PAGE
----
WARREN -- Lynn Cavalier has always been a trailblazer for women in a traditionally male world. Now the regional president of FirstEnergy's Eastern Region has added the 2001 ATHENA Award to her list of achievements.
Cavalier, who oversees 690 employees providing utility service to half a million FirstEnergy customers, was chosen as the ATHENA recipient Wednesday from a field of 24 outstanding business and professional women from around the Mahoning Valley.
The recipient's list of career "firsts" began with her selection as Penn Power's first female manager of marketing in 1996, followed by a stint as FirstEnergy's first female plant superintendent and her present role as the utility's first female regional president.
Praised her staff: Accepting the bronze and marble ATHENA sculpture and the gold and diamond pin presented to recognize the award winner, Cavalier praised her staff and said true leadership involves "surrounding yourself with and being able to attract the very best people."
"What we get done, we get done by working together," she said. "That's the way I like to work."
Sponsored locally by The Vindicator and the Youngstown/Warren Regional Chamber of Commerce, the ATHENA Award recognizes women who have demonstrated career excellence, community leadership and service and a commitment to the mentoring and growth of other professional women.
Part of an international program founded in Lansing, Mich., in 1980, the award has been presented nine times in the Valley, and more than 200 area women have been recognized as nominees.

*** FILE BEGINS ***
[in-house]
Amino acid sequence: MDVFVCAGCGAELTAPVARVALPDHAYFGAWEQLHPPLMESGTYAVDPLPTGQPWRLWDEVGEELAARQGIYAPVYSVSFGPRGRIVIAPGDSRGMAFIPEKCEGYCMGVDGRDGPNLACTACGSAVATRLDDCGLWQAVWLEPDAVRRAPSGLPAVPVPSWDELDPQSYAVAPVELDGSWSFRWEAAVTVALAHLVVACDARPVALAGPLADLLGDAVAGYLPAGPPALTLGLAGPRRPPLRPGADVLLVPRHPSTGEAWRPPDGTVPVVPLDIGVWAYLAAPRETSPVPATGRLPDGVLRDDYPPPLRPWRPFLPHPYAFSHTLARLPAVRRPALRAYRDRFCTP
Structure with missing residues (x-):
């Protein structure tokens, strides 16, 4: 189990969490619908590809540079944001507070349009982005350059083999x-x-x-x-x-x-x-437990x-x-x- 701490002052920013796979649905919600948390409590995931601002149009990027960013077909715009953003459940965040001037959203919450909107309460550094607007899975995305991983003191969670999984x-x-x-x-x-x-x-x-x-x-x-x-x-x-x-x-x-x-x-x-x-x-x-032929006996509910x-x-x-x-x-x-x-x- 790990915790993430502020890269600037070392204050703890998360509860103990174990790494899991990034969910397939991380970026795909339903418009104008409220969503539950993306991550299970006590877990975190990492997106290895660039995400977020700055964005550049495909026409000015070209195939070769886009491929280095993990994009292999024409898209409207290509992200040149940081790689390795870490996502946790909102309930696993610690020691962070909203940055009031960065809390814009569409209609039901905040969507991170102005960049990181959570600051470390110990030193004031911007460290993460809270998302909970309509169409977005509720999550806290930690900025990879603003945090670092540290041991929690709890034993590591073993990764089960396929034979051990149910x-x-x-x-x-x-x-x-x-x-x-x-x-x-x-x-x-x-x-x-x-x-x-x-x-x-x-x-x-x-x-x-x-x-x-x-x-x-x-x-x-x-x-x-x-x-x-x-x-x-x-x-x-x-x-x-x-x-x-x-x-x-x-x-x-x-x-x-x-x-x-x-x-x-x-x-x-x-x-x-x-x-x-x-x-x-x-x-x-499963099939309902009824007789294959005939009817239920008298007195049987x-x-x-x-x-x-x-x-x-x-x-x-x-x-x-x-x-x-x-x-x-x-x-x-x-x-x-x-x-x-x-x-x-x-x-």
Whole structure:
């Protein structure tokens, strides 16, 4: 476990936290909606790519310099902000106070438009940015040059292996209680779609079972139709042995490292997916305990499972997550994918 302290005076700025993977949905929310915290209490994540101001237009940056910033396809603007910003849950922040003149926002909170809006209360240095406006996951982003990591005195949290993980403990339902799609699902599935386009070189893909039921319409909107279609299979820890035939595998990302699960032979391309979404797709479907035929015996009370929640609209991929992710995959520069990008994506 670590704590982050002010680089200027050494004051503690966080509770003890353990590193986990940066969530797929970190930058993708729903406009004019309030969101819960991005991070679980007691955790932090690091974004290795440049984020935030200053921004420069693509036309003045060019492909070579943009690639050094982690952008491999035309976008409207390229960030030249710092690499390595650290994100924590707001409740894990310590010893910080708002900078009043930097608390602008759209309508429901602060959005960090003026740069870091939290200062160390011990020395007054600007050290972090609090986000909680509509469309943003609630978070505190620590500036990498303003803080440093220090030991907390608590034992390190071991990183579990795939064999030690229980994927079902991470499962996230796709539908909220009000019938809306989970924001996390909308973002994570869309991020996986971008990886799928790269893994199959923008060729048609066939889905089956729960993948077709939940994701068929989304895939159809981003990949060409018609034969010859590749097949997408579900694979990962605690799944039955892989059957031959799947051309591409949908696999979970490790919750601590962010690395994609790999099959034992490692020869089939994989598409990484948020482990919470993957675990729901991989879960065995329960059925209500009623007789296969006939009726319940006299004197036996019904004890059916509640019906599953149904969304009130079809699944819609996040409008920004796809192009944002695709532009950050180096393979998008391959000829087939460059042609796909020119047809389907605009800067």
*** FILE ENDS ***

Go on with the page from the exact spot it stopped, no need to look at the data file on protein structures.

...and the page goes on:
Keynote speaker for the ATHENA Award dinner at Mr. Anthony's in Boardman was Cynthia Trudell, president of Sea Ray Group, the world's largest manufacturer of pleasure boats, and former president of the Saturn Corp.
Trudell talked about the strides women have made in business and the professions over the last century. "Until 1920, a woman couldn't dream of being president, she couldn't even cast a ballot for president," she said.
Now, she said, women own one quarter of all businesses in the United States, female-owned business sales top $800 billion a year, and the number of new female-run businesses is growing at three times the overall rate of business start-ups.
"Perhaps most significant is that it is no longer unusual for girls to dream of being leaders," she said.
Trudell said her own career demonstrates the importance of knowing when it's time to change and having the courage to take action.
Background: A native of Canada, she earned bachelor's and doctorate degrees in chemistry and planned a career as a researcher and college professor. "I was unhappy, dissatisfied. I felt surrounded by negative energy."
The speaker turned her back on the career she'd prepared for and instead took a job as a process engineer in a Ford Motor Co. production plant.
She joined General Motors in 1981 as a senior engineering supervisor and climbed through the ranks, eventually serving as a GM vice president and the chairman and president of Saturn Corp. She left Saturn in April to accept the top position with Sea Ray, a division of the Brunswick Corp.
"I love it because I feel like I can contribute something every day," she said of her career in corporate management. "Success, to me, is not about money or position. Success is having the opportunity to contribute, it's doing what you want to be doing."

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